Sex, Biology and Unlocking the Mysteries of Love and Attraction

By Ross, Martha | Daily News (Los Angeles, CA), February 13, 2016 | Go to article overview

Sex, Biology and Unlocking the Mysteries of Love and Attraction


Ross, Martha, Daily News (Los Angeles, CA)


For a Saint Mary's College course on the biology of love and attraction, junior Noah Yang volunteered to fill out a survey asking him to name specific qualities that drew him to certain women.

Eyes? Body? Personality? He couldn't put his finger on any one thing.

"I thought of my first girlfriend," he said. "There was just that connection. It's like an intangible thing."

Yang joins everyone from ancient Greek philosophers to modern- day self-help authors in trying to understand the mysteries of love and desire. As with everything in human behavior, this intangible thing -- which every Feb. 14 we honor with a shower of roses and chocolate -- is a subject of scientific inquiry. That makes today as good a time as any to explore recent breakthroughs in genetics, neuroscience and evolutionary psychology that offer new insights into whom we love -- or lust for -- and what we do about it.

While there may never be a definitive answer about what is it about a person that makes our heart sing -- or break -- recent insights suggest the extent to which we highly evolved humans are still creatures of our biology, with our drives encoded in our genes, wired into our brains and even communicated subconsciously through airborne signals our bodies excrete to attract potential mates.

"We are a highly complex interplay of nature and nurture," said Sonya Shuh-Huerta, a professor and reproductive biologist who taught the seminar at Saint Mary's, in Moraga. "Some of these core human attributes -- or traits that are part of the human experience -- have a strong biological basis."

Her class, taught in January, touched on such recently established research as the role hormones play in pair bonding and social connection and why, in defiance of post-feminist societal norms, men are hard-wired to go for attractive young women, and women want good providers. It also noted another, recently discovered genetic driver: the need of organisms to produce offspring with healthy immune systems.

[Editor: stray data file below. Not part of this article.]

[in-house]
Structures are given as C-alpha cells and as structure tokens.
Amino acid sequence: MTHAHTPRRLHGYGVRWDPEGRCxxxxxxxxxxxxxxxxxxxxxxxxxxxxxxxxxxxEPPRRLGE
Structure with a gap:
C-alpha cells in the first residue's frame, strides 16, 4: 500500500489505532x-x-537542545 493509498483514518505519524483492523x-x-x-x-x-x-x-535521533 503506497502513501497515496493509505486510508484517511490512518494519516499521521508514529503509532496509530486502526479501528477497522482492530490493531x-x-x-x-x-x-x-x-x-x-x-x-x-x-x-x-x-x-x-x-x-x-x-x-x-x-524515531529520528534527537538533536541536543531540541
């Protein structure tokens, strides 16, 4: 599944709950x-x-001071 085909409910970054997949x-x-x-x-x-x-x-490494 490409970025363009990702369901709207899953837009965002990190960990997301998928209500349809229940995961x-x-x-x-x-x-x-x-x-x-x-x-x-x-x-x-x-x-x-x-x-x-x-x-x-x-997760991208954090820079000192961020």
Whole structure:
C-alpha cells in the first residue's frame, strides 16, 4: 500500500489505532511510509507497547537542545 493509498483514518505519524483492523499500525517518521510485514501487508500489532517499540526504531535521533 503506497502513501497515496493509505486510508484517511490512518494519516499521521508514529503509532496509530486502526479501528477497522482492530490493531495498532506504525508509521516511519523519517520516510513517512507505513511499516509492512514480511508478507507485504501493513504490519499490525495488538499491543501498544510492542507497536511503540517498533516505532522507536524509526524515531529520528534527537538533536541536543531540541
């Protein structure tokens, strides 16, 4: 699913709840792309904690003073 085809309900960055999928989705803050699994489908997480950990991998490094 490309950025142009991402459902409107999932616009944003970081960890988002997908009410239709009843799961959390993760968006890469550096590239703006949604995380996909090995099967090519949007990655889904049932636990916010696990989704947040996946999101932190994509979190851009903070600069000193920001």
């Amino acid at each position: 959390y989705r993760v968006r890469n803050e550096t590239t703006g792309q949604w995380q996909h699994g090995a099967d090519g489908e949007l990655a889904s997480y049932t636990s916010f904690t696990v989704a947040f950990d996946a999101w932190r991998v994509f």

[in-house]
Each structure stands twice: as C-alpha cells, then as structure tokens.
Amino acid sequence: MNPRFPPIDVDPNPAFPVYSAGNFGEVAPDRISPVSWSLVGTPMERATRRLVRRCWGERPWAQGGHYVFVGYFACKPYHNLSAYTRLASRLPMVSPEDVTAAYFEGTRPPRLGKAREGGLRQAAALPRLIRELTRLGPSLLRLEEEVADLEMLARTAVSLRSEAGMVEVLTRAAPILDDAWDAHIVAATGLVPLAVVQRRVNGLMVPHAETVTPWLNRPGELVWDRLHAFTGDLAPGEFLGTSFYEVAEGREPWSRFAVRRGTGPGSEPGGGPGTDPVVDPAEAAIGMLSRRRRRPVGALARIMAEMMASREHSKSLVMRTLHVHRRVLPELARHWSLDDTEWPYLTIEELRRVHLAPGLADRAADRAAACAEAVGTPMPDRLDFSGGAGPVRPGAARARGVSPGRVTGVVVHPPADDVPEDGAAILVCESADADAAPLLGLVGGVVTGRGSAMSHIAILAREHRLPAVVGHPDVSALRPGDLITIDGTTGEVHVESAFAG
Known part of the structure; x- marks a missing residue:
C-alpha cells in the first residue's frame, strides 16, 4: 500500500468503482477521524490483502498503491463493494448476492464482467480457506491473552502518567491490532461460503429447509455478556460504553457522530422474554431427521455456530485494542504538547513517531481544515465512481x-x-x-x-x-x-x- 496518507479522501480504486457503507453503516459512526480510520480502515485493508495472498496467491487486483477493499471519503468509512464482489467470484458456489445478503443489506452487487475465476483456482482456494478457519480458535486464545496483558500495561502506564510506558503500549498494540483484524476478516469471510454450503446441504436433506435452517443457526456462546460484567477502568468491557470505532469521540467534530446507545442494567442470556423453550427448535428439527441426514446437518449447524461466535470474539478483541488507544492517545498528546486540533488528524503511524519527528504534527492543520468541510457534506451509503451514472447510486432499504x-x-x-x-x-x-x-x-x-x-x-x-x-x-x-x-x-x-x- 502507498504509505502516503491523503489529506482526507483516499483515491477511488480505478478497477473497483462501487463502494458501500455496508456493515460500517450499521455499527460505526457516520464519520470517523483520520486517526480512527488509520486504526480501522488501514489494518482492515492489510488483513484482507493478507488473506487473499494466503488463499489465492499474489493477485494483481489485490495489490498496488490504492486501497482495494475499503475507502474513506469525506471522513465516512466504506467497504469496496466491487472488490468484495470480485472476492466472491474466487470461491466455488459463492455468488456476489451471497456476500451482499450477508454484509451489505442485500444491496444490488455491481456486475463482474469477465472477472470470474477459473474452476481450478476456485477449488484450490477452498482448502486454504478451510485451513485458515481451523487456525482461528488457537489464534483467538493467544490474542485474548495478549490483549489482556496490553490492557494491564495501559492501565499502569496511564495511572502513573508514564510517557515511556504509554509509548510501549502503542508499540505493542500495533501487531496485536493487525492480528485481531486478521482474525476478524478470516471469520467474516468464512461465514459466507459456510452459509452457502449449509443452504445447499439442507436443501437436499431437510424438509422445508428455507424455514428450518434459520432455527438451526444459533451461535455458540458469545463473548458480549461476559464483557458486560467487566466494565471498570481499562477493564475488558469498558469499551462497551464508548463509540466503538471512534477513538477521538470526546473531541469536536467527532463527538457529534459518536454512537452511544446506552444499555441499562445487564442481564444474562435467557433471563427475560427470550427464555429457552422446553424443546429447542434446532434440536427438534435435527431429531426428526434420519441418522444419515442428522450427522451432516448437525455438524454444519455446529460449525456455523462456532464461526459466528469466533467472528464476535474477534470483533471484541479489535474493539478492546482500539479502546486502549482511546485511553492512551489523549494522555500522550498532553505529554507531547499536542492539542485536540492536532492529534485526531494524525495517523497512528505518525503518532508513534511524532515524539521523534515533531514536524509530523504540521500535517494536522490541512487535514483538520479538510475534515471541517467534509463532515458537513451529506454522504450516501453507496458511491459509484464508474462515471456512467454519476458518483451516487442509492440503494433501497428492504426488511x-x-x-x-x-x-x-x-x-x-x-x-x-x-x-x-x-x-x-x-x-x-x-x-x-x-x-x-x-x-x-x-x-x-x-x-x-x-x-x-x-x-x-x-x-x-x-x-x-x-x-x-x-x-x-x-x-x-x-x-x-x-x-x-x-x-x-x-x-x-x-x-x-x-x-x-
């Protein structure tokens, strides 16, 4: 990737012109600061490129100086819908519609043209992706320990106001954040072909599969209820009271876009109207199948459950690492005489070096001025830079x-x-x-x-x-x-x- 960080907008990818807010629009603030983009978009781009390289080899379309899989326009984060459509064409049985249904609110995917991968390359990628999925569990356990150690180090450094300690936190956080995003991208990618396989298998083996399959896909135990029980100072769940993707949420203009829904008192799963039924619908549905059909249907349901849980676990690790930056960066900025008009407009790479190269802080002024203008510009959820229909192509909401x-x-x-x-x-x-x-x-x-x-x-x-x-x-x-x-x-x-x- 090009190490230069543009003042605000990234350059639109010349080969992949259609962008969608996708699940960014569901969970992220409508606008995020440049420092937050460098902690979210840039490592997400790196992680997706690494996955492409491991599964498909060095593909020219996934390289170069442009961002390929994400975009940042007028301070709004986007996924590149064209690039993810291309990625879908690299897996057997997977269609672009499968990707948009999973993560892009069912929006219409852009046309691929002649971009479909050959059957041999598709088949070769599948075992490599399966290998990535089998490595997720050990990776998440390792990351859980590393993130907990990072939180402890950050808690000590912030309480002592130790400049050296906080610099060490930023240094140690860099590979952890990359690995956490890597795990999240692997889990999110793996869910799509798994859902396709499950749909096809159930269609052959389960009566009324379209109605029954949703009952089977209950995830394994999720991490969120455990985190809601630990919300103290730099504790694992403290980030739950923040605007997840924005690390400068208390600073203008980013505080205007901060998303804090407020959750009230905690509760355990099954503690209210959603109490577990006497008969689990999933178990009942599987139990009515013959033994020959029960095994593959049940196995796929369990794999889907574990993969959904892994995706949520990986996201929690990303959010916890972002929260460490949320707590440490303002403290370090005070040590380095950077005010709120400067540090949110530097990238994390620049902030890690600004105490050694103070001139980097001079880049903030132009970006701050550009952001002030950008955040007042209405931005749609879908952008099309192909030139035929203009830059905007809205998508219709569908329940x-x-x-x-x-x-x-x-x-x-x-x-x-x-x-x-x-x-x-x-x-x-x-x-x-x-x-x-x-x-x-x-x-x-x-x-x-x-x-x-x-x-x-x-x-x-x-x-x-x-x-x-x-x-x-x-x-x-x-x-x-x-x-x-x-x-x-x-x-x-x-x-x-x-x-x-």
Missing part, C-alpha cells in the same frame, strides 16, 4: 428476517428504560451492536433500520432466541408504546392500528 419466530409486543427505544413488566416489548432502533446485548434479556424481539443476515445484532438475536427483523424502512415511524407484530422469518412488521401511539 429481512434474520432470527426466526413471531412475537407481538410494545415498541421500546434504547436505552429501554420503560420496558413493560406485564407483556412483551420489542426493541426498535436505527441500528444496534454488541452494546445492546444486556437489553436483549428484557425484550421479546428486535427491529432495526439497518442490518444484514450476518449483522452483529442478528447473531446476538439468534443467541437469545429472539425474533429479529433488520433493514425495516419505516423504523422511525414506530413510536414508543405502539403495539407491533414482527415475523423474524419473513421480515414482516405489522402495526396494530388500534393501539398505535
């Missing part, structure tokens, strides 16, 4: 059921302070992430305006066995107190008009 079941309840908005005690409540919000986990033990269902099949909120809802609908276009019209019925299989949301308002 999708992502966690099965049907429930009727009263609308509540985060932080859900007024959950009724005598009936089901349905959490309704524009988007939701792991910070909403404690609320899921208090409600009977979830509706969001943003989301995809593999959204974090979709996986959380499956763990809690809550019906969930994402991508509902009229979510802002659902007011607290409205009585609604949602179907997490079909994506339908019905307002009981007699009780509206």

A growing body of research suggests that humans subconsciously look for mates with dissimilar MHC (major histocompatibility complex) genes, which are involved in the immune system. Diversity in the MHC genes better prepares our bodies to fend off a wider variety of infectious microorganisms -- and, in Darwinist terms, promote the survival of the species.

To that end, researchers believe, our bodies excrete pheromones, or molecular signals, to trigger responses in potential mates via the sense of smell.

In his famous sweaty T-shirt study from the 1990s, Swiss biologist Claus Wedekind asked a group of female college students to smell T-shirts that had been worn by male students for two nights, without deodorant or scented soaps. He found that the female students overwhelmingly preferred the odors of men with dissimilar MHC genes.

Yang laughed at the idea that his interest in his ex-girlfriend was MHC-driven, but doesn't discount it. The pheromone idea prompted classmate Lauren Ramos to admit something about her boyfriend: "I like his natural smell. I can smell it when he's not wearing deodorant, or when he's playing basketball. …

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